Alabama should have no counties left out of a federally operated health insurance exchange because three companies have proposed insurance plans and two of the companies want to cover the entire state.
Blue Cross Blue Shield of Alabama, the state’s largest health insurance provider, and United Healthcare have filed proposals for statewide coverage. Humana is offering a plan covering 50 of Alabama’s 67 counties, according to the state Department of Insurance. That leaves Alabama better off than neighboring Mississippi, where companies have not offered plans for more than 40 percent of the counties.
Neither government officials nor Humana officials are saying which 17 counties Humana’s plan wouldn’t cover because the plan is still under review. But company spokesman Mitch Lubitz said that Humana “is basing its business decisions largely on focusing on markets where Humana already has a business presence and established health care provider networks of physicians, hospitals and specialists.”
Approval of the plans is up to the federal government because Alabama’s governor decided the state wouldn’t create a state-operated health insurance exchange and would leave it up to Washington. The Alabama Department of Insurance’s only role is saying whether the plans being proposed by the three companies meet state law, and that review is in progress, spokesman Mark Fowler said.
“The federal government, however, could reject any plan the state might approve as meeting state law,” he said.
The federal government is still reviewing the three companies’ plans for Alabama.
The federal Affordable Care Act calls for most Americans to have health coverage by 2014. The health care exchanges, or marketplaces, are supposed to help consumers find health insurance when they don’t have it through their jobs. The plans are supposed to be offered to the public starting Oct. 1, with coverage starting Jan. 1.
To help people participate, federal tax credits will be offered to consumers with incomes between 133 percent and 400 percent of the federal poverty level. That’s up to about $46,000 for an individual and about $94,000 for a family of four, with those at the high end getting little or no subsidy.
Gov. Robert Bentley, a physician, opposes the federal Affordable Care Act and decided Alabama wouldn’t create an exchange. That left it to the federal government to create. Bentley said operating a state exchange for Alabamians could cost the state as much as $50 million annually.
Bentley said he has not looked at the companies’ plans for Alabama. “I am not participating in that, and I’m not going to be a part of the federal exchange,” the governor said.
In Alabama, the companies are proposing plans at a variety of insurance levels, which makes comparisons with existing policies difficult, company officials said. Blue Cross vice president Koko Mackin said the levels are known as bronze, silver, gold and platinum.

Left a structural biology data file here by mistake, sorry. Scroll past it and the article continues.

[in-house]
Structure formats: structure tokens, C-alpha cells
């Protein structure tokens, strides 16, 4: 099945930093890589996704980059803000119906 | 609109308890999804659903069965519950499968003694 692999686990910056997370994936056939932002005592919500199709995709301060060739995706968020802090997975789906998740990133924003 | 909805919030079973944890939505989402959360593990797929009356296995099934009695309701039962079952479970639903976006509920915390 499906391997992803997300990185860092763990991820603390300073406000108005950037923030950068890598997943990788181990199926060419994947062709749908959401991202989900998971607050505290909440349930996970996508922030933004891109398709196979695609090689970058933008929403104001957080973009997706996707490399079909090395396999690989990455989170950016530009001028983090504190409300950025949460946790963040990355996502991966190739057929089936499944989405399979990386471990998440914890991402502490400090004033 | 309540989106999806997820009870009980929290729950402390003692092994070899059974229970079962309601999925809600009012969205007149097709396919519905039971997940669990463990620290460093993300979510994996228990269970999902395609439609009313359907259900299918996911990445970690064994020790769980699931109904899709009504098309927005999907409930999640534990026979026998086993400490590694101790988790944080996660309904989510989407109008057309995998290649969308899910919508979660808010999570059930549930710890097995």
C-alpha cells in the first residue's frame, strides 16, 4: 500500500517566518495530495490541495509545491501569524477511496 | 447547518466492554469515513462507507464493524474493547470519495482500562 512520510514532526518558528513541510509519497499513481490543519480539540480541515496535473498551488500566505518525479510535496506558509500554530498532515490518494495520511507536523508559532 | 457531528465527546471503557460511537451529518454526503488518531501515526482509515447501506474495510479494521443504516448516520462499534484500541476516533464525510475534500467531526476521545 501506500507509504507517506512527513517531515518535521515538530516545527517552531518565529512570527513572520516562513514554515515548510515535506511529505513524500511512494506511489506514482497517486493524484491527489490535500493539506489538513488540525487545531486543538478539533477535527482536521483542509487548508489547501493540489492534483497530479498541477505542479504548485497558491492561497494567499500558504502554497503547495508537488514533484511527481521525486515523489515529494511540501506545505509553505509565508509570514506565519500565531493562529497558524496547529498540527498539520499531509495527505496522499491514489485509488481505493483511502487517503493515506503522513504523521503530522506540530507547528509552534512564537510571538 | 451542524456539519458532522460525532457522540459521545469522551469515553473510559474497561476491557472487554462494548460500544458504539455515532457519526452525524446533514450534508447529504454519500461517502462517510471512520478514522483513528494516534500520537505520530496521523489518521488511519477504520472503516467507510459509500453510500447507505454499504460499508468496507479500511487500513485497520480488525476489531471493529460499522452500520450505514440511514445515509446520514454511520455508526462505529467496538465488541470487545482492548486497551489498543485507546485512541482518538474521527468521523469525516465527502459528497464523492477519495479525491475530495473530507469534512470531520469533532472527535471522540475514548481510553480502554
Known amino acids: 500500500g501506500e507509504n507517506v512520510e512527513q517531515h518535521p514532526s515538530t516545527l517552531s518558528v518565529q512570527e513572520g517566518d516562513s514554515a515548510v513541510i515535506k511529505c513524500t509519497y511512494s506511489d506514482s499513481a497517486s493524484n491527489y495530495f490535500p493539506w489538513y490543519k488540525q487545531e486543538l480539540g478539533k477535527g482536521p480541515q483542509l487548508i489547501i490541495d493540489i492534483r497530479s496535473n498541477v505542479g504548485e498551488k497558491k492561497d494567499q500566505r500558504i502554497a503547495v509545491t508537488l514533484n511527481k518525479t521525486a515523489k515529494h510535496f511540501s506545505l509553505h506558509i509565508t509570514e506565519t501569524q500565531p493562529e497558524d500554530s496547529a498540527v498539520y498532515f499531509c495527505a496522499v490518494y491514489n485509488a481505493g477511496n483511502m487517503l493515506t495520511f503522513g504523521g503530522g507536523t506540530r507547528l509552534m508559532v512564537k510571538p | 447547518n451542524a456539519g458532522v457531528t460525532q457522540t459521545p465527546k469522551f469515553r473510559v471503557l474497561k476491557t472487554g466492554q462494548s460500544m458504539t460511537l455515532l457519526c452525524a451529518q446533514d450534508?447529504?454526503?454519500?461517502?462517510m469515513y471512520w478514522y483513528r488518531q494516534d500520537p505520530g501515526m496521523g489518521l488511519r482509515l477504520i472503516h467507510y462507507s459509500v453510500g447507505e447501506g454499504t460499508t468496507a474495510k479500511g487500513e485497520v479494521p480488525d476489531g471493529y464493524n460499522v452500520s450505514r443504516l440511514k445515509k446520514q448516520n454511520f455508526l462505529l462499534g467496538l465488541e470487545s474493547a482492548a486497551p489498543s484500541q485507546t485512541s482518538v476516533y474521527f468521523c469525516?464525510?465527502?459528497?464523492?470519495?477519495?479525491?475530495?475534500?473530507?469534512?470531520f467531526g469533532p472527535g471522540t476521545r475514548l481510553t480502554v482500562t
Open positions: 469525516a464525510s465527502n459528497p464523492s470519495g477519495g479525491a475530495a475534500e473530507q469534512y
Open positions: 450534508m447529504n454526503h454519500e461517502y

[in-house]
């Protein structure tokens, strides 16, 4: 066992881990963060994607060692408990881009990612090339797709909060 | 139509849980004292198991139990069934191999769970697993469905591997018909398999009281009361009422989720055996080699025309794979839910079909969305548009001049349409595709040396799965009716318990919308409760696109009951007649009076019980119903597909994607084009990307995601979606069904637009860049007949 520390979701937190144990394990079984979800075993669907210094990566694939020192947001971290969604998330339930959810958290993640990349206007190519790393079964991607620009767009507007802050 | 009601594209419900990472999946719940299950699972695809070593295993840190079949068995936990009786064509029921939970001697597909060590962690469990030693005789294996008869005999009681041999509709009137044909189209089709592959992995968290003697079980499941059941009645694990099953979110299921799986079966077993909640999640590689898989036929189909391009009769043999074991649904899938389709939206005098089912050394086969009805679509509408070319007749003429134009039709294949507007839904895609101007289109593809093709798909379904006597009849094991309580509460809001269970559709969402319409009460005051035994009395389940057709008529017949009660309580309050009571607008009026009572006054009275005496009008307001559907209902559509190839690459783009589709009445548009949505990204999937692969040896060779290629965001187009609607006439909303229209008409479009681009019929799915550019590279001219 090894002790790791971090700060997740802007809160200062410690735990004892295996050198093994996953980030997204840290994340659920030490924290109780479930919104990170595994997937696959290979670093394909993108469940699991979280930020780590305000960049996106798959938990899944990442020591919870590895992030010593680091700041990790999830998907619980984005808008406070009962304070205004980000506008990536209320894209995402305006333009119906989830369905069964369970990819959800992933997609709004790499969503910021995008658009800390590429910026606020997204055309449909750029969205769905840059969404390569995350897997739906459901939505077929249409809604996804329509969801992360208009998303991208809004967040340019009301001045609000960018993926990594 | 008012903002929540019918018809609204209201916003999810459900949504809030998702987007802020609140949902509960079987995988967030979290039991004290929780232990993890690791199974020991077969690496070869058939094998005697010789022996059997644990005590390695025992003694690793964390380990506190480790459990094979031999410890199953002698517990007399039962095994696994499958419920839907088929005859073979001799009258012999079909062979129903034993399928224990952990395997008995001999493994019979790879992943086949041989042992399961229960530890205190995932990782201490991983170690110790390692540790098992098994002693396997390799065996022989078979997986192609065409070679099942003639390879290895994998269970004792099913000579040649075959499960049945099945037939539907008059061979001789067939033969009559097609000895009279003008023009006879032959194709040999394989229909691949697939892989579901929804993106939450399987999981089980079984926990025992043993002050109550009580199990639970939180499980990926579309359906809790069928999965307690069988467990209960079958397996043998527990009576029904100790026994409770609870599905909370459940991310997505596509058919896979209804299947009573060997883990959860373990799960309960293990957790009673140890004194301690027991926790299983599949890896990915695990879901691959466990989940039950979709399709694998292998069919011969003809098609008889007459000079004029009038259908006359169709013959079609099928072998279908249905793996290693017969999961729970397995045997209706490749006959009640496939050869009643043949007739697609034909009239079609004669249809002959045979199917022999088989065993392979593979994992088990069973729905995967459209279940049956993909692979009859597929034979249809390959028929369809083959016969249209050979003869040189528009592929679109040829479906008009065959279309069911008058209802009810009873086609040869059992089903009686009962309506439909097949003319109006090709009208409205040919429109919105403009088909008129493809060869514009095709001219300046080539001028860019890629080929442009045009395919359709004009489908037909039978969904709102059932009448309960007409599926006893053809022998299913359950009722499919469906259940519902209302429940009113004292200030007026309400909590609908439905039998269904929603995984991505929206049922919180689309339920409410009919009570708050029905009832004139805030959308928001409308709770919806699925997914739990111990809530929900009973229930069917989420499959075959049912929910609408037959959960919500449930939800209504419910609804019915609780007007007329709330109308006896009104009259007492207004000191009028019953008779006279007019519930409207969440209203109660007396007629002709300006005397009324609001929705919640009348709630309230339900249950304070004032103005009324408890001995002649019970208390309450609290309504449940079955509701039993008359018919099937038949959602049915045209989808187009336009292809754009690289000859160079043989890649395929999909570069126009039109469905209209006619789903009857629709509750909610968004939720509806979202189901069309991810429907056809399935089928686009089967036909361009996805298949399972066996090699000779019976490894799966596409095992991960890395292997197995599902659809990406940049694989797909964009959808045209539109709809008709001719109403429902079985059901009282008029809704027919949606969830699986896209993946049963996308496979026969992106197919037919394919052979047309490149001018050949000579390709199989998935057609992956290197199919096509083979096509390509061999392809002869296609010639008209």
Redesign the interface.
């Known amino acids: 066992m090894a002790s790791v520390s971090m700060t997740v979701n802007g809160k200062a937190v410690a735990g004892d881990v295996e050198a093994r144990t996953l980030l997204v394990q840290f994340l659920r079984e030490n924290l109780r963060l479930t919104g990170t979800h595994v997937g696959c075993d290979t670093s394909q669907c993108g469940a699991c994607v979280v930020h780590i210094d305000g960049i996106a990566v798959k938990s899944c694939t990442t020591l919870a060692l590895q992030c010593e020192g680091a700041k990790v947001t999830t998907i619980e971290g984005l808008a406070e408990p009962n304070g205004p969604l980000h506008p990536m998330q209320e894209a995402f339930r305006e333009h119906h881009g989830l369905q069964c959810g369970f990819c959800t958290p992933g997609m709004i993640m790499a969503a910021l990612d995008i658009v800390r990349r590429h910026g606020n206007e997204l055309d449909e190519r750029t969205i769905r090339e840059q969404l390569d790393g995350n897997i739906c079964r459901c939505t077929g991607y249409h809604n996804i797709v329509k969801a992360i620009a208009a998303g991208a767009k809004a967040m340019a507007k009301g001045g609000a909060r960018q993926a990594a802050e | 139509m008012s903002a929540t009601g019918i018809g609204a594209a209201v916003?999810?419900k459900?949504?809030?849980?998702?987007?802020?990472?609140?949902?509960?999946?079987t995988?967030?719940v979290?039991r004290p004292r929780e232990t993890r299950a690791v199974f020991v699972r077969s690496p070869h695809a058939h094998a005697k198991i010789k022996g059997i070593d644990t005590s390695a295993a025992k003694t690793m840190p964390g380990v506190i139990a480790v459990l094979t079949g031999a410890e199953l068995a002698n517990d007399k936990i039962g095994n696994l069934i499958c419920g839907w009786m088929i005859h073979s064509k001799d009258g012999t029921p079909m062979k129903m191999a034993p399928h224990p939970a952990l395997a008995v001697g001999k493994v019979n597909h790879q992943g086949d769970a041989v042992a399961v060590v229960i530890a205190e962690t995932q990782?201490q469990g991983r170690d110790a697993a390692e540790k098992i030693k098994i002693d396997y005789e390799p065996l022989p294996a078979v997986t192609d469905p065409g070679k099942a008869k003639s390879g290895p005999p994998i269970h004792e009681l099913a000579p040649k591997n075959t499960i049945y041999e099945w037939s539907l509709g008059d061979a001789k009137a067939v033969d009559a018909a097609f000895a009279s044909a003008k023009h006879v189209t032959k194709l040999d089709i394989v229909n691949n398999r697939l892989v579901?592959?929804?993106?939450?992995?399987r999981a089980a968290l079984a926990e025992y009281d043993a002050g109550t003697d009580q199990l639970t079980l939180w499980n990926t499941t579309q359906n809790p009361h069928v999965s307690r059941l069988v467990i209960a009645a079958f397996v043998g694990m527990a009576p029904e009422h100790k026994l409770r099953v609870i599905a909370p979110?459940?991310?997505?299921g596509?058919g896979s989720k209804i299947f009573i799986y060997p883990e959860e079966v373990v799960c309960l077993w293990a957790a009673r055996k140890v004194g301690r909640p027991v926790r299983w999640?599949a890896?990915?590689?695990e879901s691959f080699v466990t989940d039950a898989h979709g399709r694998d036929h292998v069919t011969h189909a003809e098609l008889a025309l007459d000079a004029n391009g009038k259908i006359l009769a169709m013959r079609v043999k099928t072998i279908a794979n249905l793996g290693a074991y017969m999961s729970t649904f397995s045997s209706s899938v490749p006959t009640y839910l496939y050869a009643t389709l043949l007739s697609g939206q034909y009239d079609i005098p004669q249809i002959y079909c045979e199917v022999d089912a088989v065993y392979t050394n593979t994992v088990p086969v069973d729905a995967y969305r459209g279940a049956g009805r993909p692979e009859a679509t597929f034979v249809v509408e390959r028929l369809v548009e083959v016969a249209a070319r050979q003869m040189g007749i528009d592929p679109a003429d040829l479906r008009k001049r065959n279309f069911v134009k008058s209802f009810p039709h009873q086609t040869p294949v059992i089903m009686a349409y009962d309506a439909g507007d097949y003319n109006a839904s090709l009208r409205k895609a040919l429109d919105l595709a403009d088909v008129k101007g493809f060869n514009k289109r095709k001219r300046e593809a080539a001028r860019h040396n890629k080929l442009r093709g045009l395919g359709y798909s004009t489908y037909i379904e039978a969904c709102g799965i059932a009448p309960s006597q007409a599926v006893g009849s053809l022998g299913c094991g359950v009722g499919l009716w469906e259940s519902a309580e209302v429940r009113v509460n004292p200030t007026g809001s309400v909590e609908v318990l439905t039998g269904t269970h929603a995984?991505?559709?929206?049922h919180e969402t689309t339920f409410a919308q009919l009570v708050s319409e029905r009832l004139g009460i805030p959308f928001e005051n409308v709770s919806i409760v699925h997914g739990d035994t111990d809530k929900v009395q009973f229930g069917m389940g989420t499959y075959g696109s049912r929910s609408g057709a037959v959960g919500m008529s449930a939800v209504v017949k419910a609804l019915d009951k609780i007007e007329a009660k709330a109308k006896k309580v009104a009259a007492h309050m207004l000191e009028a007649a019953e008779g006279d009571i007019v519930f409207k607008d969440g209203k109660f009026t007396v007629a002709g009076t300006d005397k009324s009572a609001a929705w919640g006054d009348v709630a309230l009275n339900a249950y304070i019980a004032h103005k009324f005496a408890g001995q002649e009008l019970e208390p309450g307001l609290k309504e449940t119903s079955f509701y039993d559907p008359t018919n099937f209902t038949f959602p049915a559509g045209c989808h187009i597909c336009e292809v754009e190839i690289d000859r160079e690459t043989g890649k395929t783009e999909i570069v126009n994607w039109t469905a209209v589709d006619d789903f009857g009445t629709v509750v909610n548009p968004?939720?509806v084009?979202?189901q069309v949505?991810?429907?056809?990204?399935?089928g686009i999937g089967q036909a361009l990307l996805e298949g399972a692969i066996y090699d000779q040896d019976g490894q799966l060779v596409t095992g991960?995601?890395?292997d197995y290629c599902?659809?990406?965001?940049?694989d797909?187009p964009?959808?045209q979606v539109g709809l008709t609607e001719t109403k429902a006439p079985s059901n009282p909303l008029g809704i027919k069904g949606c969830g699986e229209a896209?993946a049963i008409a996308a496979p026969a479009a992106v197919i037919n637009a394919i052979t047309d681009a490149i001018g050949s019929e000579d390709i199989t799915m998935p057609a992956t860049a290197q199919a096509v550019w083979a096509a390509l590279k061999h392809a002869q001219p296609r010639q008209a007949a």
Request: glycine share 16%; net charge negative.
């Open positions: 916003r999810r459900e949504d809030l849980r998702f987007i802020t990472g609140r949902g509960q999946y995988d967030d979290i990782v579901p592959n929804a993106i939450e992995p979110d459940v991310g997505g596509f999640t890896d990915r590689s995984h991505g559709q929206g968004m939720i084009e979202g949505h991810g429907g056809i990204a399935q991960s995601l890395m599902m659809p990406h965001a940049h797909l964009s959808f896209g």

The state government has not applied for and has not received any money to promote or educate citizens about the exchange, Fowler said.
White House Administration has awarded $2.4 million in grants to 13 Alabama organizations to help enroll the uninsured. Quality of Life Health Services of Gadsden got the largest grant of $438,841, followed by Mobile County at $299,152 and Franklin Primary Health Center of Mobile at $256,571.
The federal Health Resources and Services Administration said that will allow the organizations to hire a combined 50 additional workers to assist Alabamians.
At Quality of Life, planning and development officer Amelia Wofford said the organization is looking at adding eight employees to educate uninsured citizens about the various plans and then help them enroll in a program. She said there could be as much confusion as surrounded Medicaid Part D did when the pharmacy plan started, but the new hires will help people navigate a difficult system.
“The forms are voluminous, from five pages to 12 pages,” she said.
While she hasn’t seen the proposed plans yet, Wofford is optimistic that some of the options will be cheaper than buying an individual policy on the open market.
Quality of Life serves 18 counties stretching from Tuskegee to Fort Payne. It hopes to reach 24,000 from its educational efforts and sign up 7,500 in the first year, she said.
Jim Carnes, communications director for Arise Citizens’ Policy Project in Montgomery, said the 50 new employees who will help people sign up is far smaller than was initially expected when the Affordable Care Act was signed, but Congress did not appropriate as much money as was expected. “This is what Congress has been doing to try to choke off funding for the law,” said Carnes, whose group speaks out for Alabama’s poor.
Carnes said explaining the options to citizens in Alabama will be harder because the governor chose not to participate in another part of the Affordable Care Act that would have expanded the state Medicaid program to people up to 133 percent of the federal poverty level. That could have added more than 300,000 to Alabama’s Medicaid rolls.
Carnes said other states that have created exchanges and expanded Medicaid can tell citizens “come see what’s in store for you.” Then they can help the citizens enter Medicaid or find insurance, depending on their income. But in Alabama, he said, there will be citizens who aren’t poor enough for Medicaid but don’t have enough income to buy insurance through an exchange.
“Those folks are going to be left out in the cold,” he said.
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